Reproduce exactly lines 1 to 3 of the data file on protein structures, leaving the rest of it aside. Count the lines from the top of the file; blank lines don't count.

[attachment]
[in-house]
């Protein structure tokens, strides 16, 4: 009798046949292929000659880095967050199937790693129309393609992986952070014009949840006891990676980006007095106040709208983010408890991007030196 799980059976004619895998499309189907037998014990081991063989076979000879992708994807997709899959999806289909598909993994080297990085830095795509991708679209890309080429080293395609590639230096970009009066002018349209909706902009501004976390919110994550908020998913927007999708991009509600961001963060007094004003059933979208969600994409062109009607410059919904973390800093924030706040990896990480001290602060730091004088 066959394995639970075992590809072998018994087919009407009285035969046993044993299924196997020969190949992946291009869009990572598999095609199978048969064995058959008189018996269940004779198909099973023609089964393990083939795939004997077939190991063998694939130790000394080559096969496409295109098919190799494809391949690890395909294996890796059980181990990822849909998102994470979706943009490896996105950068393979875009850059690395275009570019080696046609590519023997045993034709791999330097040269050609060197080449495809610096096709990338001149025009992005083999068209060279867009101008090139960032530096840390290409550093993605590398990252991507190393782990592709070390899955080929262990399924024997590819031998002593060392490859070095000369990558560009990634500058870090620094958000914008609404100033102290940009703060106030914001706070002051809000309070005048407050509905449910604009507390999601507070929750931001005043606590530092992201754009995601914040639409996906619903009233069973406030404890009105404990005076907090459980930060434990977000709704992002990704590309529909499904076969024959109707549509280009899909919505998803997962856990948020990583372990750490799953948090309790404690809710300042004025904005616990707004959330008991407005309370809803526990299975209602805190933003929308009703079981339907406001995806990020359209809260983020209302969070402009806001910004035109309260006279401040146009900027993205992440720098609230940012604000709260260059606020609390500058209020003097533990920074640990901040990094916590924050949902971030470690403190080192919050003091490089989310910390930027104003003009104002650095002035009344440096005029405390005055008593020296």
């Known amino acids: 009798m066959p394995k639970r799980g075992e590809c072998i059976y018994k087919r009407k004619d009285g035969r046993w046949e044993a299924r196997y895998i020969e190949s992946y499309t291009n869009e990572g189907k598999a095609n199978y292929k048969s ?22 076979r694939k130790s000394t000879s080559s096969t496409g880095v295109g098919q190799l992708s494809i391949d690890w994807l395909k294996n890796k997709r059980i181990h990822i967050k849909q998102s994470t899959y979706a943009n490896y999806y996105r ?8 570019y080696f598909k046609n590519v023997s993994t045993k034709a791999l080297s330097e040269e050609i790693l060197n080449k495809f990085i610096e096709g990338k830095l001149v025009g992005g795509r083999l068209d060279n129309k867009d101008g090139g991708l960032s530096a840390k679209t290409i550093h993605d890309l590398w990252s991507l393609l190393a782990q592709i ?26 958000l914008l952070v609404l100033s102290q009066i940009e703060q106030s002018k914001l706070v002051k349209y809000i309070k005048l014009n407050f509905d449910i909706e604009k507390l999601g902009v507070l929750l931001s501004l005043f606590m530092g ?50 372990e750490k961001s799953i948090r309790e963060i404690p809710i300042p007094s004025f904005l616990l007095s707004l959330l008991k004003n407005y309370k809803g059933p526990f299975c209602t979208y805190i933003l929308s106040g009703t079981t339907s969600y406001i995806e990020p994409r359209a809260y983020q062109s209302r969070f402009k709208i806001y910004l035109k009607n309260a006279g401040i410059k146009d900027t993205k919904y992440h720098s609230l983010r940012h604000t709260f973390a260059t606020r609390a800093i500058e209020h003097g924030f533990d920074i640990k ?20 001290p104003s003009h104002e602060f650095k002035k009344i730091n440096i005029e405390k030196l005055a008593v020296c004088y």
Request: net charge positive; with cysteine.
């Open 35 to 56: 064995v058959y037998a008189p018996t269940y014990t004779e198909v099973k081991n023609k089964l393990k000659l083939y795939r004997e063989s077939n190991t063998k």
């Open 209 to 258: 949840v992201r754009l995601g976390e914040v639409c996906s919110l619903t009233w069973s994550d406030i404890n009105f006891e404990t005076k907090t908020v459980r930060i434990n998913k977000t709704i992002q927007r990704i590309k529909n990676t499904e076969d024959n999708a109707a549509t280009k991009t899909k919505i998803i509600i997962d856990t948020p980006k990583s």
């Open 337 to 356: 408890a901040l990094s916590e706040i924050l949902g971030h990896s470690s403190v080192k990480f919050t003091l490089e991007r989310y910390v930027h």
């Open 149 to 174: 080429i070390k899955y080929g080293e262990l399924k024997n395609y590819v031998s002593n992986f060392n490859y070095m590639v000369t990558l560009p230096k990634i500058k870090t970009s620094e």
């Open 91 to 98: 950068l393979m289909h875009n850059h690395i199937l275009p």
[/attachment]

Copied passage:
[in-house]
């Protein structure tokens, strides 16, 4: 009798046949292929000659880095967050199937790693129309393609992986952070014009949840006891990676980006007095106040709208983010408890991007030196 799980059976004619895998499309189907037998014990081991063989076979000879992708994807997709899959999806289909598909993994080297990085830095795509991708679209890309080429080293395609590639230096970009009066002018349209909706902009501004976390919110994550908020998913927007999708991009509600961001963060007094004003059933979208969600994409062109009607410059919904973390800093924030706040990896990480001290602060730091004088 066959394995639970075992590809072998018994087919009407009285035969046993044993299924196997020969190949992946291009869009990572598999095609199978048969064995058959008189018996269940004779198909099973023609089964393990083939795939004997077939190991063998694939130790000394080559096969496409295109098919190799494809391949690890395909294996890796059980181990990822849909998102994470979706943009490896996105950068393979875009850059690395275009570019080696046609590519023997045993034709791999330097040269050609060197080449495809610096096709990338001149025009992005083999068209060279867009101008090139960032530096840390290409550093993605590398990252991507190393782990592709070390899955080929262990399924024997590819031998002593060392490859070095000369990558560009990634500058870090620094958000914008609404100033102290940009703060106030914001706070002051809000309070005048407050509905449910604009507390999601507070929750931001005043606590530092992201754009995601914040639409996906619903009233069973406030404890009105404990005076907090459980930060434990977000709704992002990704590309529909499904076969024959109707549509280009899909919505998803997962856990948020990583372990750490799953948090309790404690809710300042004025904005616990707004959330008991407005309370809803526990299975209602805190933003929308009703079981339907406001995806990020359209809260983020209302969070402009806001910004035109309260006279401040146009900027993205992440720098609230940012604000709260260059606020609390500058209020003097533990920074640990901040990094916590924050949902971030470690403190080192919050003091490089989310910390930027104003003009104002650095002035009344440096005029405390005055008593020296």
């Known amino acids: 009798m066959p394995k639970r799980g075992e590809c072998i059976y018994k087919r009407k004619d009285g035969r046993w046949e044993a299924r196997y895998i020969e190949s992946y499309t291009n869009e990572g189907k598999a095609n199978y292929k048969s ?22 076979r694939k130790s000394t000879s080559s096969t496409g880095v295109g098919q190799l992708s494809i391949d690890w994807l395909k294996n890796k997709r059980i181990h990822i967050k849909q998102s994470t899959y979706a943009n490896y999806y996105r ?8 570019y080696f598909k046609n590519v023997s993994t045993k034709a791999l080297s330097e040269e050609i790693l060197n080449k495809f990085i610096e096709g990338k830095l001149v025009g992005g795509r083999l068209d060279n129309k867009d101008g090139g991708l960032s530096a840390k679209t290409i550093h993605d890309l590398w990252s991507l393609l190393a782990q592709i ?26 958000l914008l952070v609404l100033s102290q009066i940009e703060q106030s002018k914001l706070v002051k349209y809000i309070k005048l014009n407050f509905d449910i909706e604009k507390l999601g902009v507070l929750l931001s501004l005043f606590m530092g ?50 372990e750490k961001s799953i948090r309790e963060i404690p809710i300042p007094s004025f904005l616990l007095s707004l959330l008991k004003n407005y309370k809803g059933p526990f299975c209602t979208y805190i933003l929308s106040g009703t079981t339907s969600y406001i995806e990020p994409r359209a809260y983020q062109s209302r969070f402009k709208i806001y910004l035109k009607n309260a006279g401040i410059k146009d900027t993205k919904y992440h720098s609230l983010r940012h604000t709260f973390a260059t606020r609390a800093i500058e209020h003097g924030f533990d920074i640990k ?20 001290p104003s003009h104002e602060f650095k002035k009344i730091n440096i005029e405390k030196l005055a008593v020296c004088y």